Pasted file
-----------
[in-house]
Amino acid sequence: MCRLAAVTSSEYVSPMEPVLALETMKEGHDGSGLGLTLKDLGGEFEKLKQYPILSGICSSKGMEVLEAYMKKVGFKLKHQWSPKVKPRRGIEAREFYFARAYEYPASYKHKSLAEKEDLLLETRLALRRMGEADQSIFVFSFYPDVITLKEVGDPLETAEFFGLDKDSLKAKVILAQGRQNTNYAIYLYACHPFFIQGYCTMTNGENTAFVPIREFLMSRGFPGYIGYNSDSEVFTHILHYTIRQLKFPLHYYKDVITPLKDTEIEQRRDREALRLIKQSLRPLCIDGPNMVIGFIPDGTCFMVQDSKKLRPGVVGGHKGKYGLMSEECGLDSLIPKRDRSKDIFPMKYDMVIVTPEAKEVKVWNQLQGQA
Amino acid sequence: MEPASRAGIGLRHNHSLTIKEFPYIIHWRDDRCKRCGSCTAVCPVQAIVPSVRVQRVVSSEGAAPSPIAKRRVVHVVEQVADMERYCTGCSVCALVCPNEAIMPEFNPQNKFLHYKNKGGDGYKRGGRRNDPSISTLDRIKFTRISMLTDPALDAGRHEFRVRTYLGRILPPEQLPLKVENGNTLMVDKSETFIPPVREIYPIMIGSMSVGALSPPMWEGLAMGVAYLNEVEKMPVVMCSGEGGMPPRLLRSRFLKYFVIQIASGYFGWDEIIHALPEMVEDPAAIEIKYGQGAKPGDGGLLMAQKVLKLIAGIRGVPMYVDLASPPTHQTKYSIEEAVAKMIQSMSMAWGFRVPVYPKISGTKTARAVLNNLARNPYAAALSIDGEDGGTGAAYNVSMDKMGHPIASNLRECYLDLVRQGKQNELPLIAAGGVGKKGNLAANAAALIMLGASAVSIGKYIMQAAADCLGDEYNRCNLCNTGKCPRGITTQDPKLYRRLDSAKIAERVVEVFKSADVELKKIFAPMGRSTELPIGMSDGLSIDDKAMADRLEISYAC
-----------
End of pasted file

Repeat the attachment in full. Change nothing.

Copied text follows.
[in-house]
Amino acid sequence: MCRLAAVTSSEYVSPMEPVLALETMKEGHDGSGLGLTLKDLGGEFEKLKQYPILSGICSSKGMEVLEAYMKKVGFKLKHQWSPKVKPRRGIEAREFYFARAYEYPASYKHKSLAEKEDLLLETRLALRRMGEADQSIFVFSFYPDVITLKEVGDPLETAEFFGLDKDSLKAKVILAQGRQNTNYAIYLYACHPFFIQGYCTMTNGENTAFVPIREFLMSRGFPGYIGYNSDSEVFTHILHYTIRQLKFPLHYYKDVITPLKDTEIEQRRDREALRLIKQSLRPLCIDGPNMVIGFIPDGTCFMVQDSKKLRPGVVGGHKGKYGLMSEECGLDSLIPKRDRSKDIFPMKYDMVIVTPEAKEVKVWNQLQGQA
Amino acid sequence: MEPASRAGIGLRHNHSLTIKEFPYIIHWRDDRCKRCGSCTAVCPVQAIVPSVRVQRVVSSEGAAPSPIAKRRVVHVVEQVADMERYCTGCSVCALVCPNEAIMPEFNPQNKFLHYKNKGGDGYKRGGRRNDPSISTLDRIKFTRISMLTDPALDAGRHEFRVRTYLGRILPPEQLPLKVENGNTLMVDKSETFIPPVREIYPIMIGSMSVGALSPPMWEGLAMGVAYLNEVEKMPVVMCSGEGGMPPRLLRSRFLKYFVIQIASGYFGWDEIIHALPEMVEDPAAIEIKYGQGAKPGDGGLLMAQKVLKLIAGIRGVPMYVDLASPPTHQTKYSIEEAVAKMIQSMSMAWGFRVPVYPKISGTKTARAVLNNLARNPYAAALSIDGEDGGTGAAYNVSMDKMGHPIASNLRECYLDLVRQGKQNELPLIAAGGVGKKGNLAANAAALIMLGASAVSIGKYIMQAAADCLGDEYNRCNLCNTGKCPRGITTQDPKLYRRLDSAKIAERVVEVFKSADVELKKIFAPMGRSTELPIGMSDGLSIDDKAMADRLEISYAC